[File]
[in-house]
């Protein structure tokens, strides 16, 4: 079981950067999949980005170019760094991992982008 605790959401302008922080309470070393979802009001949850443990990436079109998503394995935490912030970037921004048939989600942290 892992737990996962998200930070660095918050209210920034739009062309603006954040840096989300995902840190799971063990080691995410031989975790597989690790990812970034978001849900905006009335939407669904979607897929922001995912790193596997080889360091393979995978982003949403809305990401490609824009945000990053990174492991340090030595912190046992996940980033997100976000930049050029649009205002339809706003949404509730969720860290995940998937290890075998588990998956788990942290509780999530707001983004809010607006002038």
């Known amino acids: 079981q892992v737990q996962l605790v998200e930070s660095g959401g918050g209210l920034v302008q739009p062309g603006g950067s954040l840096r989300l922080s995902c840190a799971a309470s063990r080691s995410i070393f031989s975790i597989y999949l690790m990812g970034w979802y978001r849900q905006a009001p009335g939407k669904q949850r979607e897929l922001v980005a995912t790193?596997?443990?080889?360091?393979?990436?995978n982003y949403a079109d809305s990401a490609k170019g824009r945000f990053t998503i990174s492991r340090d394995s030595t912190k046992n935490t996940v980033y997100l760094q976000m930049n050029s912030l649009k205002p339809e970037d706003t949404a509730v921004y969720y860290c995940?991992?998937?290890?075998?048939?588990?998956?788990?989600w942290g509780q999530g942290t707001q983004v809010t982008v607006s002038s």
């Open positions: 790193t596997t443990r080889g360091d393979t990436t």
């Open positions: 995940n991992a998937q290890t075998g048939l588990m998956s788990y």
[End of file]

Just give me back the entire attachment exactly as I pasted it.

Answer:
[in-house]
């Protein structure tokens, strides 16, 4: 079981950067999949980005170019760094991992982008 605790959401302008922080309470070393979802009001949850443990990436079109998503394995935490912030970037921004048939989600942290 892992737990996962998200930070660095918050209210920034739009062309603006954040840096989300995902840190799971063990080691995410031989975790597989690790990812970034978001849900905006009335939407669904979607897929922001995912790193596997080889360091393979995978982003949403809305990401490609824009945000990053990174492991340090030595912190046992996940980033997100976000930049050029649009205002339809706003949404509730969720860290995940998937290890075998588990998956788990942290509780999530707001983004809010607006002038």
């Known amino acids: 079981q892992v737990q996962l605790v998200e930070s660095g959401g918050g209210l920034v302008q739009p062309g603006g950067s954040l840096r989300l922080s995902c840190a799971a309470s063990r080691s995410i070393f031989s975790i597989y999949l690790m990812g970034w979802y978001r849900q905006a009001p009335g939407k669904q949850r979607e897929l922001v980005a995912t790193?596997?443990?080889?360091?393979?990436?995978n982003y949403a079109d809305s990401a490609k170019g824009r945000f990053t998503i990174s492991r340090d394995s030595t912190k046992n935490t996940v980033y997100l760094q976000m930049n050029s912030l649009k205002p339809e970037d706003t949404a509730v921004y969720y860290c995940?991992?998937?290890?075998?048939?588990?998956?788990?989600w942290g509780q999530g942290t707001q983004v809010t982008v607006s002038s």
């Open positions: 790193t596997t443990r080889g360091d393979t990436t």
């Open positions: 995940n991992a998937q290890t075998g048939l588990m998956s788990y």